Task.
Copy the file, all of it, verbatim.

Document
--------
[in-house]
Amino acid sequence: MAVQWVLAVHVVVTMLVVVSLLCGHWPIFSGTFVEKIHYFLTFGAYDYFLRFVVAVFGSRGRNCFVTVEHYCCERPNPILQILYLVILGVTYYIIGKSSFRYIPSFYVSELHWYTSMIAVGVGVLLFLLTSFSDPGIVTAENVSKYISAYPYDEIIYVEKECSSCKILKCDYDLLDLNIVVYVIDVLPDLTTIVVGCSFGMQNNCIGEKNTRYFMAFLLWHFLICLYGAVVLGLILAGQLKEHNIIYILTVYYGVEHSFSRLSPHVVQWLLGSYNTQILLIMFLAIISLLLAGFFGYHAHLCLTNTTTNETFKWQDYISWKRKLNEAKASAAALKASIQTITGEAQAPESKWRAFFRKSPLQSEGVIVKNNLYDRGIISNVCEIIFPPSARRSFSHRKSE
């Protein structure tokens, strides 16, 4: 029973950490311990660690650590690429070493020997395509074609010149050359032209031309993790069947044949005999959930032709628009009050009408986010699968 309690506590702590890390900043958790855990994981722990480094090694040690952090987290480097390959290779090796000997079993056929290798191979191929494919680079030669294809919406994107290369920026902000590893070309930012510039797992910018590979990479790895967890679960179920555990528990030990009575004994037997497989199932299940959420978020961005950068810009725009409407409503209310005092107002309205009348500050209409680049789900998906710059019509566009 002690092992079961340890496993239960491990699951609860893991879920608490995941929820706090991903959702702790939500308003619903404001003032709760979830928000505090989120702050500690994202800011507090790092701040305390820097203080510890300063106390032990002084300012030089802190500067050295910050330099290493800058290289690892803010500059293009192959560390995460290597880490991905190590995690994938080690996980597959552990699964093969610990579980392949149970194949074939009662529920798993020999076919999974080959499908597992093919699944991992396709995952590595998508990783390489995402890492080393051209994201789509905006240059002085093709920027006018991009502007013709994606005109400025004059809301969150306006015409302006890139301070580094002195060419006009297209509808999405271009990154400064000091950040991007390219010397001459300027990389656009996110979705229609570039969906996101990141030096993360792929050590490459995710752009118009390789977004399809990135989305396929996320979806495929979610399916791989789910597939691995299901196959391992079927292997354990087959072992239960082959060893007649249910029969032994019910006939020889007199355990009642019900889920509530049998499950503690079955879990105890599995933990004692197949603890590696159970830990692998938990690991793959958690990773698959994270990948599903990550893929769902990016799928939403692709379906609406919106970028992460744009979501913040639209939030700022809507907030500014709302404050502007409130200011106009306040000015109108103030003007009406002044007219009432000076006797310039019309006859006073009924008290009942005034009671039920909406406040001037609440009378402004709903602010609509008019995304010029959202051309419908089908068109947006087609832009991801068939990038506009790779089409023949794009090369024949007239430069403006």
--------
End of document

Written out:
[in-house]
Amino acid sequence: MAVQWVLAVHVVVTMLVVVSLLCGHWPIFSGTFVEKIHYFLTFGAYDYFLRFVVAVFGSRGRNCFVTVEHYCCERPNPILQILYLVILGVTYYIIGKSSFRYIPSFYVSELHWYTSMIAVGVGVLLFLLTSFSDPGIVTAENVSKYISAYPYDEIIYVEKECSSCKILKCDYDLLDLNIVVYVIDVLPDLTTIVVGCSFGMQNNCIGEKNTRYFMAFLLWHFLICLYGAVVLGLILAGQLKEHNIIYILTVYYGVEHSFSRLSPHVVQWLLGSYNTQILLIMFLAIISLLLAGFFGYHAHLCLTNTTTNETFKWQDYISWKRKLNEAKASAAALKASIQTITGEAQAPESKWRAFFRKSPLQSEGVIVKNNLYDRGIISNVCEIIFPPSARRSFSHRKSE
């Protein structure tokens, strides 16, 4: 029973950490311990660690650590690429070493020997395509074609010149050359032209031309993790069947044949005999959930032709628009009050009408986010699968 309690506590702590890390900043958790855990994981722990480094090694040690952090987290480097390959290779090796000997079993056929290798191979191929494919680079030669294809919406994107290369920026902000590893070309930012510039797992910018590979990479790895967890679960179920555990528990030990009575004994037997497989199932299940959420978020961005950068810009725009409407409503209310005092107002309205009348500050209409680049789900998906710059019509566009 002690092992079961340890496993239960491990699951609860893991879920608490995941929820706090991903959702702790939500308003619903404001003032709760979830928000505090989120702050500690994202800011507090790092701040305390820097203080510890300063106390032990002084300012030089802190500067050295910050330099290493800058290289690892803010500059293009192959560390995460290597880490991905190590995690994938080690996980597959552990699964093969610990579980392949149970194949074939009662529920798993020999076919999974080959499908597992093919699944991992396709995952590595998508990783390489995402890492080393051209994201789509905006240059002085093709920027006018991009502007013709994606005109400025004059809301969150306006015409302006890139301070580094002195060419006009297209509808999405271009990154400064000091950040991007390219010397001459300027990389656009996110979705229609570039969906996101990141030096993360792929050590490459995710752009118009390789977004399809990135989305396929996320979806495929979610399916791989789910597939691995299901196959391992079927292997354990087959072992239960082959060893007649249910029969032994019910006939020889007199355990009642019900889920509530049998499950503690079955879990105890599995933990004692197949603890590696159970830990692998938990690991793959958690990773698959994270990948599903990550893929769902990016799928939403692709379906609406919106970028992460744009979501913040639209939030700022809507907030500014709302404050502007409130200011106009306040000015109108103030003007009406002044007219009432000076006797310039019309006859006073009924008290009942005034009671039920909406406040001037609440009378402004709903602010609509008019995304010029959202051309419908089908068109947006087609832009991801068939990038506009790779089409023949794009090369024949007239430069403006």